To evaluate the calibration of a deep learning (DL) model in a diagnostic cohort and to improve model’s calibration through recalibration procedures.
Chest radiographs (CRs) from 1135 consecutive patients (M:F = 582:553; mean age, 52.6 years) who visited our emergency department were included. A commercialized DL model was utilized to identify abnormal CRs, with a continuous probability score for each CR. After evaluation of the model calibration, eight different methods were used to recalibrate the original model based on the probability score. The original model outputs were recalibrated using 681 randomly sampled CRs and validated using the remaining 454 CRs. The Brier score for overall performance, average and maximum calibration error, absolute Spiegelhalter’s Z for calibration, and area under the receiver operating characteristic curve (AUROC) for discrimination were evaluated in 1000-times repeated, randomly split datasets.
The original model tended to overestimate the likelihood for the presence of abnormalities, exhibiting average and maximum calibration error of 0.069 and 0.179, respectively; an absolute Spiegelhalter’s Z value of 2.349; and an AUROC of 0.949. After recalibration, significant improvements in the average (range, 0.015–0.036) and maximum (range, 0.057–0.172) calibration errors were observed in eight and five methods, respectively. Significant improvement in absolute Spiegelhalter’s Z (range, 0.809–4.439) was observed in only one method (the recalibration constant). Discriminations were preserved in six methods (AUROC, 0.909–0.949).
The calibration of DL algorithm can be augmented through simple recalibration procedures. Improved calibration may enhance the interpretability and credibility of the model for users.
• A deep learning model tended to overestimate the likelihood of the presence of abnormalities in chest radiographs.
• Simple recalibration of the deep learning model using output scores could improve the calibration of model while maintaining discrimination.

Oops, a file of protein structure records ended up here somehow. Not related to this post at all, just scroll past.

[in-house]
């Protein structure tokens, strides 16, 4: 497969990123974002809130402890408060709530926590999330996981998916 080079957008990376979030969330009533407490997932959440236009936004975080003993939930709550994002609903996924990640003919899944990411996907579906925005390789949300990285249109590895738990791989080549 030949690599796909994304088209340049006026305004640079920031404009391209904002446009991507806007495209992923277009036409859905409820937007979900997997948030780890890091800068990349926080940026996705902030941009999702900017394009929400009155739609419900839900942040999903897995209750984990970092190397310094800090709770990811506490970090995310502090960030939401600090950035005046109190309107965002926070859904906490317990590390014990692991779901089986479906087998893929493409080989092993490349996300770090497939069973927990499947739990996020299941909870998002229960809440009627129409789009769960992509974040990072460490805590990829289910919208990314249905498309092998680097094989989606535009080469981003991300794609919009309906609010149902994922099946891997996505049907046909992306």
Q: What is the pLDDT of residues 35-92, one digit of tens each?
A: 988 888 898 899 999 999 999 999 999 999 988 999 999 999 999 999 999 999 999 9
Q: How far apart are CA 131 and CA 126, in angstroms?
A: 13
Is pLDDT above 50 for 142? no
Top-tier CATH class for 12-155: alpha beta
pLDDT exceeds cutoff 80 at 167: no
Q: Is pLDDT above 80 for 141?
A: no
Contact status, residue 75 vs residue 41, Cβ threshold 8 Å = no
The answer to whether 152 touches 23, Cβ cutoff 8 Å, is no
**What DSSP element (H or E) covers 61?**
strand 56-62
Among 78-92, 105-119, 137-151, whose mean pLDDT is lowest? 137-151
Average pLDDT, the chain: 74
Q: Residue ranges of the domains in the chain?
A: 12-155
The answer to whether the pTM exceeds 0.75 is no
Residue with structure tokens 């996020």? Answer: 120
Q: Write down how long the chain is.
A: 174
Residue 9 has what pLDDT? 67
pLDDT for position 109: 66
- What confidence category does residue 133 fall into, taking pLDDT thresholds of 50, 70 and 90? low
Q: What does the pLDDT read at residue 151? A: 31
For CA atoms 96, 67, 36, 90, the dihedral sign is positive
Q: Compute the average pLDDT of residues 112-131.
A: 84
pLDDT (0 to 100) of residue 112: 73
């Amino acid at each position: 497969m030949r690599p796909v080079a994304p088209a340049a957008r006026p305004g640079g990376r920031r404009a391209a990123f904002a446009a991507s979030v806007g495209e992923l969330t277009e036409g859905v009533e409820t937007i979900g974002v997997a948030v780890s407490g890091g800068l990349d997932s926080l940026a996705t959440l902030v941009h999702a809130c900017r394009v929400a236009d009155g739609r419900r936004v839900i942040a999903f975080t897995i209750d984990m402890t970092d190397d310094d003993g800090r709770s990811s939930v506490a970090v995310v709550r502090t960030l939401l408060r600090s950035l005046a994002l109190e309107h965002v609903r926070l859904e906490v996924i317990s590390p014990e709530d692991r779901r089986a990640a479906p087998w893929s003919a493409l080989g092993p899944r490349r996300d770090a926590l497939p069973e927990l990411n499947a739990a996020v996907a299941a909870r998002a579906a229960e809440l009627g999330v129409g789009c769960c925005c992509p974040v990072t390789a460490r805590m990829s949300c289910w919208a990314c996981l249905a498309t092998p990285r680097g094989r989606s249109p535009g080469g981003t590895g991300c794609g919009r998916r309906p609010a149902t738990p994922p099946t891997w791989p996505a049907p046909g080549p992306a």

• Improved calibration of a deep learning model may enhance the interpretability and the credibility of the model for users.
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Area under the receiver operating characteristic curve
Negative predictive value
Positive predictive value
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This study has received funding from the Basic Science Research Program through the National Research Foundation of Korea (NRF), funded by the Ministry of Science, ICT & Future Planning (grant number: 2019R1A2C1087960), the Seoul National University Hospital Research fund (grant number: 03-2019-0190), and the Seoul Research & Business Development Program (grant number: FI170002). The funding sources and Lunit Inc. did not have any role either in the design of the study; the acquisition, analyses, and interpretation of the data; and manuscript preparation.
The scientific guarantor of this publication is Chang Min Park.
Conflict of interest
The authors of this manuscript declare relationships with Lunit Inc.
Eui Jin Hwang, Hyungjin Kim, Jin Mo Goo, and Chang Min Park report grants from the Lunit Inc., outside the present study.
Statistics and biometry
No complex statistical methods were necessary for this paper.
Written informed consent was waived by the institutional review board.
Institutional review board approval was obtained.
Study subjects or cohorts overlap
The study cohort in the present study (1135/1135) have been reported in a previous study (Hwang EJ, et al Radiology 293(3):573–580); however, the purpose of the previous study was to evaluate the discrimination of a DL algorithm and its potential to improve physicians’ diagnostic performances, which was entirely different from that of the present study.
• diagnostic or prognostic study
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Hwang, E.J., Kim, H., Lee, J.H. et al. Automated identification of chest radiographs with referable abnormality with deep learning: need for recalibration. Eur Radiol 30, 6902–6912 (2020). https://doi.org/10.1007/s00330-020-07062-7
- Thoracic radiography
- Artificial intelligence
- Deep learning